The Largest Farms Get the Most Money
The USDA classifies 98 percent of all U.S. farms as “family farms,” but the top 0.3 percent are considered “very large family farms.” These biggest farms have a gross farm income of at least $5 million and in 2019 provided their operators a median household income of just under $1 million.
As USDA data shows, the great majority of both traditional commodity and ad hoc program payments go to the largest and wealthiest farms, which generally have considerable assets to fall back on in lean years. Small farms that struggle when crop prices are low or during the pandemic-triggered economic crisis get only a small portion of payments. It’s no accident: The programs are designed so that farms with the largest acres or crop production get the highest payments.
For example, through the MFP in 2018 and 2019:
- The top 1 percent of recipients received 16 percent of payments, with an average total payment for both years of $524,298 per farm. The top 10 percent received 58 percent of payments, with an average total payment of $185,340.
- The bottom 80 percent of recipients received only 23 percent of payments – an average payment for both years of only $9,109 per recipient.
The ARC, PLC and CFAP programs had very similar payment concentrations. But compared to other Americans, do farmers need all this money?
In December, the USDA’s Economic Research Service forecast that when all data for 2020 is in, the median income for all farm households is expected to be $86,992. That’s almost 25 percent more than the 2019 median household income for all U.S. households of $69,703.
Just looking at income from farming, the huge ad hoc payments of recent years have made subsidies a large chunk of total farm income.
Between 2019 and 2020, total direct government payments to farms increased by over 107 percent, bringing the share of farm income from government payments to almost 40 percent. As the graphic below shows, that pushed 2020 farm income levels significantly above the 20-year average.
Net Farm Income, 2000-2020
Source: EWG, from USDA Economic Research Service, 2020 Farm Sector Income Forecast
It’s clear that even most “small” farmers are better off than the average American – in 2019, only 3 percent of all farm households had levels of wealth that were lower than the average U.S. household.
Yet during the pandemic and economic crises of last year, when millions of Americans lost their jobs, had to close their small businesses and struggled to put food on the table, taxpayers sent over $20 billion to farmers through CFAP, plus annual disaster payments. (Like other subsidies, CFAP payments went disproportionately to the largest and richest farms, rather for direct aid to hungry Americans.) And that’s before we know the figure for payments through ARC and PLC.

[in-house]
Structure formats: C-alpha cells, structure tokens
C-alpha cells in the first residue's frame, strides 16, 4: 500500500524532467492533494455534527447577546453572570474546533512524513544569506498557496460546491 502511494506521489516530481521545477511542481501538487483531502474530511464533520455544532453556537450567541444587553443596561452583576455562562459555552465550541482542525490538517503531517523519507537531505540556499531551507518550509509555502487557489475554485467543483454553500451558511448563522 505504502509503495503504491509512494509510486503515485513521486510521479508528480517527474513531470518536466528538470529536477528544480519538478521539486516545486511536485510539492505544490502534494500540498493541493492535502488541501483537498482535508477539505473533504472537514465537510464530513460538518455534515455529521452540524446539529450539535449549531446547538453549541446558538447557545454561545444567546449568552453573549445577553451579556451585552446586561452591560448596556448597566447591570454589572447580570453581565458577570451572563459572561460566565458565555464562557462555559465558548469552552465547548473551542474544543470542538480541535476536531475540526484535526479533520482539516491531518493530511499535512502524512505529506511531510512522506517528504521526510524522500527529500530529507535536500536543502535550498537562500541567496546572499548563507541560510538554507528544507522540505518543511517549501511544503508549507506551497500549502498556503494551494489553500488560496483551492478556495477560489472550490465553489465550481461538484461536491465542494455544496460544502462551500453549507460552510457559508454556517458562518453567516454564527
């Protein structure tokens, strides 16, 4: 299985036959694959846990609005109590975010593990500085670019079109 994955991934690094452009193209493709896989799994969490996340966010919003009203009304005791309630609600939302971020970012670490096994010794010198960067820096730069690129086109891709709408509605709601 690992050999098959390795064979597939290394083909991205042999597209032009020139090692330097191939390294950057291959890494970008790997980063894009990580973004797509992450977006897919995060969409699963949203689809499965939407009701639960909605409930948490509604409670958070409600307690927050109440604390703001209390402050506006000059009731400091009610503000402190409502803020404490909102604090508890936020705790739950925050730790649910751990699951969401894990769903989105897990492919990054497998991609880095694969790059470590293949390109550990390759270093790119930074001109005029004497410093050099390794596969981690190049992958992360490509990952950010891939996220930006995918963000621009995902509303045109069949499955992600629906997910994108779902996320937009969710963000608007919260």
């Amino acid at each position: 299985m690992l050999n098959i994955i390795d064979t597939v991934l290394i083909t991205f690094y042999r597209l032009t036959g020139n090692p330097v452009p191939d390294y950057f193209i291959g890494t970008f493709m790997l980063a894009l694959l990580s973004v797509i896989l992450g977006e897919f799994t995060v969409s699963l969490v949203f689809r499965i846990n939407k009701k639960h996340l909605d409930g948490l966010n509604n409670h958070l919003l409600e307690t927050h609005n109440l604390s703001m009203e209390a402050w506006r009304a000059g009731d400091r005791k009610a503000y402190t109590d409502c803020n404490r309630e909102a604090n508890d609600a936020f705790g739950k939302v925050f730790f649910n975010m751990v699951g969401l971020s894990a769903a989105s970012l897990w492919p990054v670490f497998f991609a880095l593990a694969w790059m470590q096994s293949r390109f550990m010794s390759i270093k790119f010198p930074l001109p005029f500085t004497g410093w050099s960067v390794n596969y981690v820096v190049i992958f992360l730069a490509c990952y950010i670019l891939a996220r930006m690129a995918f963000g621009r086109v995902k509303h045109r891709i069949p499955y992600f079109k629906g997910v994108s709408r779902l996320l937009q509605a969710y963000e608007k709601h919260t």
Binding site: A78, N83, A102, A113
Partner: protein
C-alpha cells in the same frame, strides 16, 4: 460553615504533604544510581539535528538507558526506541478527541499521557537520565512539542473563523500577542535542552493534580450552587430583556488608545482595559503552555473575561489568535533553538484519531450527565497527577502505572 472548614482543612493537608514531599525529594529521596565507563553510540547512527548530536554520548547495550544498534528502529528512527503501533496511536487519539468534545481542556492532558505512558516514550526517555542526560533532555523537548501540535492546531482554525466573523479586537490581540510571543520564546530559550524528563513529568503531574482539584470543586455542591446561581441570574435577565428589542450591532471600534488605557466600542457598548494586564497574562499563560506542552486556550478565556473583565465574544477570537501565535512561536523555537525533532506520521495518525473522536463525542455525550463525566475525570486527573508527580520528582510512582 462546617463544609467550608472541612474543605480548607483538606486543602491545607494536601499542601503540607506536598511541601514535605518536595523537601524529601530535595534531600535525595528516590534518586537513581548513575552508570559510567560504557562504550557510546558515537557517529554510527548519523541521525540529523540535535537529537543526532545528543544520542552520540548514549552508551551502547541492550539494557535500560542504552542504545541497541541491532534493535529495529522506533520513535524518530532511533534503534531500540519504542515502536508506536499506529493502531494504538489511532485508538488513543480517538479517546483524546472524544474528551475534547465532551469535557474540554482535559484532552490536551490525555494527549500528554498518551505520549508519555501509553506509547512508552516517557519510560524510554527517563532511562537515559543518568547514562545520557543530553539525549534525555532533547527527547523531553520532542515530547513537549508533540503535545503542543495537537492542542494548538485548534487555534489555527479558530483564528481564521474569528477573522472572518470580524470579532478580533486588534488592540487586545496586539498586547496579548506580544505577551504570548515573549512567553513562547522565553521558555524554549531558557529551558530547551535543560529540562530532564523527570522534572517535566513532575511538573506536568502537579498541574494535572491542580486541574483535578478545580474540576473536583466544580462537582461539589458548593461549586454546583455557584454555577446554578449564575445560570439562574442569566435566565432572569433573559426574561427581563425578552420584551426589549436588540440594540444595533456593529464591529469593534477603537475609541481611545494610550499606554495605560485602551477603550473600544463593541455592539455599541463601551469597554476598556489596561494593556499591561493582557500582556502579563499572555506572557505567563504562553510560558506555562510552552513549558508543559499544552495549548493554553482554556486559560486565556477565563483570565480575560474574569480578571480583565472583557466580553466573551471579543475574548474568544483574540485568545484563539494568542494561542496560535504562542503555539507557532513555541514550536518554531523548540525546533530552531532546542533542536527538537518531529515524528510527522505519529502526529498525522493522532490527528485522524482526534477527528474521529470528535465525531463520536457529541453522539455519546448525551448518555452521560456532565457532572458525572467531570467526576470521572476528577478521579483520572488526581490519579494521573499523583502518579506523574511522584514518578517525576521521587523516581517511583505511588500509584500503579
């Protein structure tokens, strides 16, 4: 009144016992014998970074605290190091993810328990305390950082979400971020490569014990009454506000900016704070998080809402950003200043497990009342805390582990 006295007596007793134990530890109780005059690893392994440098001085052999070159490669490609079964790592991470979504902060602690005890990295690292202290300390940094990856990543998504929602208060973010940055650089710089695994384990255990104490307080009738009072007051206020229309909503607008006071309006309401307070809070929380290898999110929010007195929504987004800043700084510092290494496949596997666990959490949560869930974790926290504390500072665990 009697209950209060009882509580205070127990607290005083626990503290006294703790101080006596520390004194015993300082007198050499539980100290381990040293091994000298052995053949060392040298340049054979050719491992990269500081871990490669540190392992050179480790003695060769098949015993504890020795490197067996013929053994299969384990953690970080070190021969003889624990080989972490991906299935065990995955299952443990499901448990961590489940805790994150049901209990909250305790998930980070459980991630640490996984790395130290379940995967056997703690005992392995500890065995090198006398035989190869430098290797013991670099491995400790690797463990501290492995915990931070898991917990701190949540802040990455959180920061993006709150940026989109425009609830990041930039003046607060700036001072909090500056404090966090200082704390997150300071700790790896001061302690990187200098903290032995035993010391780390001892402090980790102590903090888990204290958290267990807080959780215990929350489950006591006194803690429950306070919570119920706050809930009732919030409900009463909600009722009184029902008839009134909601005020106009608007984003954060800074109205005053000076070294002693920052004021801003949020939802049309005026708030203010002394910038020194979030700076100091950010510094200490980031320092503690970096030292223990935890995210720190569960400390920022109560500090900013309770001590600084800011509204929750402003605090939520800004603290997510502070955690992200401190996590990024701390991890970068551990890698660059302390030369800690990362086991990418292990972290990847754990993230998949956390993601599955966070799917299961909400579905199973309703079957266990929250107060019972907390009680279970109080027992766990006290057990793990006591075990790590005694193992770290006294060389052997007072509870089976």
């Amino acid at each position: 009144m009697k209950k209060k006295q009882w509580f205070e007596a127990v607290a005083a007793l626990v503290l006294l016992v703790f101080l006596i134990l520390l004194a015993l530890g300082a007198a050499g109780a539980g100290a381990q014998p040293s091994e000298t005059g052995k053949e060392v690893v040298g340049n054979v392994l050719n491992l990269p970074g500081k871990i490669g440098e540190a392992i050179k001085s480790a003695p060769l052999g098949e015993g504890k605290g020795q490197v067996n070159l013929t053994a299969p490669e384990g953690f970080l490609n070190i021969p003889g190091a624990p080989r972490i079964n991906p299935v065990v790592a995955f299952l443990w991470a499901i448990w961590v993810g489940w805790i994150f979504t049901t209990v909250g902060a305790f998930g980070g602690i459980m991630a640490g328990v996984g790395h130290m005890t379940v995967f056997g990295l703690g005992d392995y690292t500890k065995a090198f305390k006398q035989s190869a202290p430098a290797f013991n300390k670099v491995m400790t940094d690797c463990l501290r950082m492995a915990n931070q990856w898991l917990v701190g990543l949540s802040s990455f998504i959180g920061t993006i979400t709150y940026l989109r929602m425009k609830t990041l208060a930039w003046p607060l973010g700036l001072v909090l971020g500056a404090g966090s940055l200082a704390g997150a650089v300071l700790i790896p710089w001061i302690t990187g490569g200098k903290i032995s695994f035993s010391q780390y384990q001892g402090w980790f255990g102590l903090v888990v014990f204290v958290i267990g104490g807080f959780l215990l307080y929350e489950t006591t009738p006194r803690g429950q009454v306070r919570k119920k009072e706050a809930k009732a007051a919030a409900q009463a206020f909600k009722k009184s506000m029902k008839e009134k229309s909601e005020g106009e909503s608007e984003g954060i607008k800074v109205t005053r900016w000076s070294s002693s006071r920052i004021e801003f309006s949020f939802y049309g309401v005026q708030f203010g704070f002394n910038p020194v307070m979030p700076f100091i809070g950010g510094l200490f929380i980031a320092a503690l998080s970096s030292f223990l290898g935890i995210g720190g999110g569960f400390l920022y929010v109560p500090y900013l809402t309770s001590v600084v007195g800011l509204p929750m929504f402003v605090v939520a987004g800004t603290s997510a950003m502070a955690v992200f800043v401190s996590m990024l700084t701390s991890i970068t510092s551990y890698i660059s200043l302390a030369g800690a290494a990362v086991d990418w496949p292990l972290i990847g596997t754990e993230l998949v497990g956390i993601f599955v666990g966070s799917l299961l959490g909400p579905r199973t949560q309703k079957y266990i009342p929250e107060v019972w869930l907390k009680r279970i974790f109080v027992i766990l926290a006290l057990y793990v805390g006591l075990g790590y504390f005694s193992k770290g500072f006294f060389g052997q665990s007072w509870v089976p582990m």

How To Fix the Broken Farm Subsidy System
The Biden administration and the new Congress have many opportunities to fix the traditional commodity farm subsidy programs of ARC and PLC, and to shift funding for the ad hoc programs into conservation programs that benefit farmers, all Americans and the environment. EWG recommends:
- Ending the huge ad hoc subsidy programs of the Trump administration. MFP, which paid out over $23 billion in 2018 and 2019, should not be renewed. CFAP is still making payments to farmers, but when those payments are complete, it should not be renewed unless targeted to small farmers in need.
- Increasing funding for conservation programs. Instead of sending billions to the largest and wealthiest farms, funding for existing conservation programs should be increased. These programs still give money to farmers, but they also generate public health and environmental benefits through improved water quality and soil health. These programs also encourage the adoption of conservation practices that may reduce greenhouse gas emissions.
- Reforming traditional commodity farm subsidy programs. The ARC and PLC programs need a strict means test to stop most of the payments from going to the largest farms. Currently, farmers can receive payments as long as their income is less than $900,000 a year, or $1.8 million for a farmer and spouse. There is a $125,000 annual payment limit, but a farm can have an unlimited number of “partners” that can each receive up to $125,000, allowing many people who do not live or work on the farm to get a check every year. Restricting farms to just a few eligible managers could greatly reduce the number of city slickers who get payments.
- Changing farm subsidy programs to end USDA’s racist legacy. Stricter payment and income limits that would send payments to small farms, instead of the largest farms, would benefit Black, Latino and Asian American farmers, who often own smaller farms than white farmers do.
1 EWG has yet to receive USDA data needed to compute the distribution of subsidies for all of 2020. Through June, the breakdown was 23.7 percent to the top 1 percent and 64.3 percent to the top 10th.
By Anne Schechinger
This article was originally shared by Environmental Working Group.